12 Ways Your Passive-Aggressiveness Is Slowly Killing Your Relationships Tiny Houses Built in Portland & Austin To Welcome The Homeless Here is a Useful Online Tool to Help You Steep Perfect Tea Big Brother Is Watching You Online: How To Avoid Being Tracked by Asli Omur | Image via CC, kennymatic Big Brother Is Watching You Online: How To Avoid Being Tracked Relationships | Ameotoko 10 Things To Stop Doing Before Entering A New Relationship

Trending in Communication

1 10 Strategies to Keep Moving Forward When You’re Feeling Extra Stuck 2 7 Reasons Why You Should Find a Life Coach to Reach Your Full Potential 3 Are You Too Lazy or Just Haven’t Found Your Passion Yet? 4 8 Powerful Reasons to Love Your Enemies 5 7 Steps to Start Living Your Dream Life Right Now

Read Next

Advertising
Advertising

Last Updated on November 5, 2018

8 Powerful Reasons to Love Your Enemies

8 Powerful Reasons to Love Your Enemies

We’ve all got our enemies; people who take pleasure in causing us pain and misery. Sometimes, the development of an enemy is due to certain differences in your characters and events have led to that. Other times, some people end up hating you for apparently no reason at all.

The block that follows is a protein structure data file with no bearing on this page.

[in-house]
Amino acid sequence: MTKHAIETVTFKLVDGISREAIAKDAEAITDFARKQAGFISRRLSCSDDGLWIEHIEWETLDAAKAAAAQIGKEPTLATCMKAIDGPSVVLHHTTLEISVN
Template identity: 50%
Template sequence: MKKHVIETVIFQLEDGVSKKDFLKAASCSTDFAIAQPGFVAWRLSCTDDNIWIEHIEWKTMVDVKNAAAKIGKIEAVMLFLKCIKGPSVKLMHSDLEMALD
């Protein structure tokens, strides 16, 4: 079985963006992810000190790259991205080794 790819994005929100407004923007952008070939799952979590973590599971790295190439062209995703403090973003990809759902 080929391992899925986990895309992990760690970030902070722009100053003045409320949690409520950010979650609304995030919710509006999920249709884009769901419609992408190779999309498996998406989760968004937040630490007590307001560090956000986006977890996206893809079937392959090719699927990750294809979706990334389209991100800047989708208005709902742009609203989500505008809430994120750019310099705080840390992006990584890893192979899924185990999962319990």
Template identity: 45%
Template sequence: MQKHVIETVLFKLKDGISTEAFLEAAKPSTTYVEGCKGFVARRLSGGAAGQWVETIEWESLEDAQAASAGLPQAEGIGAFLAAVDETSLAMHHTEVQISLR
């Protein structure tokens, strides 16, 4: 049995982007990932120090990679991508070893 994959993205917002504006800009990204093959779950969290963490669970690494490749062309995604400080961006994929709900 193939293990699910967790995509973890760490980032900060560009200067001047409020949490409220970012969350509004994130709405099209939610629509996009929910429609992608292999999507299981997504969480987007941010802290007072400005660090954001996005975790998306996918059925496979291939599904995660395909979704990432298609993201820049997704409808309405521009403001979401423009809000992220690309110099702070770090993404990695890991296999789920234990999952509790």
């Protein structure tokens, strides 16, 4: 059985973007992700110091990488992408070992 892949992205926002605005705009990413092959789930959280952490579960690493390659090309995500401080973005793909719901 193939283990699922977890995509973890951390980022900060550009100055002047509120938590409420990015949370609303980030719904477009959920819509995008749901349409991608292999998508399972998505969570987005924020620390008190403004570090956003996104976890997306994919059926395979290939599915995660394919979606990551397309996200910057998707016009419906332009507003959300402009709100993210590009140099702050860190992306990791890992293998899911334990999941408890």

Regardless of how you got this enemy, as opposed to the paradigm of fighting fire with fire, consider the following reasons and see why you should actually appreciate your enemies. This article will show you not only how to not be bothered by your enemies, but how to actually foster love for them.

Read on to learn the secret.

1. It’s a practical lesson in anger management

To be honest, your enemies are the best people to help you understand your sense of anger management. When it might be true that your enemies have a way of bringing out the worst in you as regards anger, it is also true that they can help you in your quest to have that anger managed. You can’t get truly angry at someone you love and it is only in that time when you get truly annoyed that you learn how to manage it.

Advertising

Anger management is more effective when it is in practice and not in theory

Your enemies are like the therapists who you need, but actually don’t want. Inasmuch as you might want to hate them, they provide you an opportunity to control the anger impulse that you have.

2. It’s an opportunity for healthy competition

You might not know it, but your enemies make for great rivals as they help harness the competitor in you (sometimes, you might not even know or bee conversant with this competitive side until you come across an adversary). You get the right motivation to compete and this can go a long way to spur you to victory.

However, while doing so, it is also essential that you remember not to become a worse version of yourself while competing. Working against an adversary is tricky, and you need to ensure that you don’t cause harm to yourself or your morals in the process. Healthy competition is all you need to get out of this.

Advertising